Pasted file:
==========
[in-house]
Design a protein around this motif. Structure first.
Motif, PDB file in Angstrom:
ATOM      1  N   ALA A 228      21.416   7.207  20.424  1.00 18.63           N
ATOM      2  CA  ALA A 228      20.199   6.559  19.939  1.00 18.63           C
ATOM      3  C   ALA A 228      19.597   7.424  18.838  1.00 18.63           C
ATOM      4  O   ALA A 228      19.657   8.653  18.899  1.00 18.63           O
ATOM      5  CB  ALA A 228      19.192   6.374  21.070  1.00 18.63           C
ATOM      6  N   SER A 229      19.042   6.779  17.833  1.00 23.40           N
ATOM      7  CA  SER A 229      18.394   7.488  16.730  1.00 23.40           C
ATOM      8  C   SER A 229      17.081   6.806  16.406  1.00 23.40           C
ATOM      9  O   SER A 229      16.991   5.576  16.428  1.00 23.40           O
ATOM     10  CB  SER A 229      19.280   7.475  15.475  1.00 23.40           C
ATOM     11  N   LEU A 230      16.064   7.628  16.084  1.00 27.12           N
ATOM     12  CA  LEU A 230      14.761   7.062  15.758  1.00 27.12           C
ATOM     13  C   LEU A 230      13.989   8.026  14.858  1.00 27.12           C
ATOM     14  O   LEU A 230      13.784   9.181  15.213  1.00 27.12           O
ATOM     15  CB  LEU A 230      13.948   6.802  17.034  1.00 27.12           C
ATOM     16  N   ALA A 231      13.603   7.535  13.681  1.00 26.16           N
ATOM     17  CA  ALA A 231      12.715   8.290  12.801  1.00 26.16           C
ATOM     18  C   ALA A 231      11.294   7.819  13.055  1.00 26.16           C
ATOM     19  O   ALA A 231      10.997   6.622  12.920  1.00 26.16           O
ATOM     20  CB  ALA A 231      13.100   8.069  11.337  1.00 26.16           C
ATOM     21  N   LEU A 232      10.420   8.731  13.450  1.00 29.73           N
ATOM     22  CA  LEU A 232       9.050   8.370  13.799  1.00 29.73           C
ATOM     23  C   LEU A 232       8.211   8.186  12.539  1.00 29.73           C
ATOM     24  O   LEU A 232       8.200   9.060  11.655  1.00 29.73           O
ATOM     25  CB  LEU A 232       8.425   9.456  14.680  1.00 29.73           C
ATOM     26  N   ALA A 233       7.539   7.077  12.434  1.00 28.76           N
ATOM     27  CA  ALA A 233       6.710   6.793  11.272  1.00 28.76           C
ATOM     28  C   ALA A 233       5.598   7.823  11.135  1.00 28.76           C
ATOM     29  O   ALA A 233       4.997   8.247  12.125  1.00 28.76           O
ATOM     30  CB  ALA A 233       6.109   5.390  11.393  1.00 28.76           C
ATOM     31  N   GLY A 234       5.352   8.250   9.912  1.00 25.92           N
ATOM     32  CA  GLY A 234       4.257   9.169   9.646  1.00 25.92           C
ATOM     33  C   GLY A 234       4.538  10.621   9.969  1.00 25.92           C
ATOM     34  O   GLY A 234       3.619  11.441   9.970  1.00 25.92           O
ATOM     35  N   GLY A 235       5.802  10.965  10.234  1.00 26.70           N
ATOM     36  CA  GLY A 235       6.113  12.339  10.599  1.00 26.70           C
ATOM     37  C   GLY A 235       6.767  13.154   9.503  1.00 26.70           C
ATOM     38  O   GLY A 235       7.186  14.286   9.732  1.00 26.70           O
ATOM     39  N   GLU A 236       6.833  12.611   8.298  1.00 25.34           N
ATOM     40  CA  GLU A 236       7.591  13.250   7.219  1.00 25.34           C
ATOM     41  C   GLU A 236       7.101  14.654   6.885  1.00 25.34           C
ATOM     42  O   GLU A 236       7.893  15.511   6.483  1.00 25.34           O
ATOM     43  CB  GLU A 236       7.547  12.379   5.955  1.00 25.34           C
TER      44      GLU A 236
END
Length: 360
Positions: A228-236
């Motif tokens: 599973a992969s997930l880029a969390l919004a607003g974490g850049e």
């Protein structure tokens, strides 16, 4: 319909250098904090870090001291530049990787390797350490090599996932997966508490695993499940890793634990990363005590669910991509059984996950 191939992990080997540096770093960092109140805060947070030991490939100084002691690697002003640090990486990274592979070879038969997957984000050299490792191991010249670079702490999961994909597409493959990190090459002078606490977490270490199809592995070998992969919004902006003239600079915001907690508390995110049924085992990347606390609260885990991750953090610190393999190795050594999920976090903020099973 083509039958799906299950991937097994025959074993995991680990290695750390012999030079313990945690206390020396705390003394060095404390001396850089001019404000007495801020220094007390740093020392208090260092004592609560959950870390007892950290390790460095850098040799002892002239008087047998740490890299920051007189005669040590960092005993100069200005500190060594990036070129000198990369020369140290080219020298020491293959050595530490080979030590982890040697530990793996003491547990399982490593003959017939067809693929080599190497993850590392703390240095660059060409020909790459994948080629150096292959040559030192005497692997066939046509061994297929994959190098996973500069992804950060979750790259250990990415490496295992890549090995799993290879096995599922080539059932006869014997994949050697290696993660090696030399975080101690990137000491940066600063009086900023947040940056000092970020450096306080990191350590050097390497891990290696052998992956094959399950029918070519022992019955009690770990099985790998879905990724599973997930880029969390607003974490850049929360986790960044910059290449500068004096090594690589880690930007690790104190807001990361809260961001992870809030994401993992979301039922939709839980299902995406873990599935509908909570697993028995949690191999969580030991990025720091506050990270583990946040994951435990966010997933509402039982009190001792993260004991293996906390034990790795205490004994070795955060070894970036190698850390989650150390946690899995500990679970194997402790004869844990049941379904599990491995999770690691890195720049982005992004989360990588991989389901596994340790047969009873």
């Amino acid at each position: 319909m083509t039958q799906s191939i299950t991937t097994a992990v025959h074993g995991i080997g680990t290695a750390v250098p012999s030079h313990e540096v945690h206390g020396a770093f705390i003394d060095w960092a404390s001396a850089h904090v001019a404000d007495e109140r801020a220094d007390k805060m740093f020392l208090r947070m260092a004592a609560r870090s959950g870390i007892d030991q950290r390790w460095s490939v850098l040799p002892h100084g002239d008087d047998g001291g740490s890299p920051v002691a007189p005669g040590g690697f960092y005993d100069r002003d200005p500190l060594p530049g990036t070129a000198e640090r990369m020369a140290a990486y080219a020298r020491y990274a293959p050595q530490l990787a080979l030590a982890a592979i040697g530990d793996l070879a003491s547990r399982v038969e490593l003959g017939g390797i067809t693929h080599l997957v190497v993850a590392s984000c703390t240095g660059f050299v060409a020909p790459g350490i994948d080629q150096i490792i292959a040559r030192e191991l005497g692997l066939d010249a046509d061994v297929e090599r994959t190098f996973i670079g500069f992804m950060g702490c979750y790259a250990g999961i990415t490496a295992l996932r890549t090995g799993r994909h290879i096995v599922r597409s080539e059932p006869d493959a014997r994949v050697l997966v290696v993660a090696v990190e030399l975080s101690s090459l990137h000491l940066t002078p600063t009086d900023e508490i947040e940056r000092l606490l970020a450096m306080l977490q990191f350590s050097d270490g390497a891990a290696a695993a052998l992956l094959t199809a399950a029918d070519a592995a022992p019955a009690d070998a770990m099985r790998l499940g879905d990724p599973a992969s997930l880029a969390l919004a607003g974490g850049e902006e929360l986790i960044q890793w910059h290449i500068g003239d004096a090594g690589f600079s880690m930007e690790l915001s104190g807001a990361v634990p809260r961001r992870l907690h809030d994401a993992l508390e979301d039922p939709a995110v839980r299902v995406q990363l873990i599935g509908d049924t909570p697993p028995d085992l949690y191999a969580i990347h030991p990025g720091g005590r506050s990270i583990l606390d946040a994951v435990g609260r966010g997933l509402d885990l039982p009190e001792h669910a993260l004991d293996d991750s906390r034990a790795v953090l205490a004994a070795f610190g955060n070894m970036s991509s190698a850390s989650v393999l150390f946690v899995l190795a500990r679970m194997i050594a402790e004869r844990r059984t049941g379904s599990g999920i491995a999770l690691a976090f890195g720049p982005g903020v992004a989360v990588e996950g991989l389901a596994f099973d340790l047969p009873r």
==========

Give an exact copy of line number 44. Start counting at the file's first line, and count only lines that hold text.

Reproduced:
ATOM     41  C   GLU A 236       7.101  14.654   6.885  1.00 25.34           C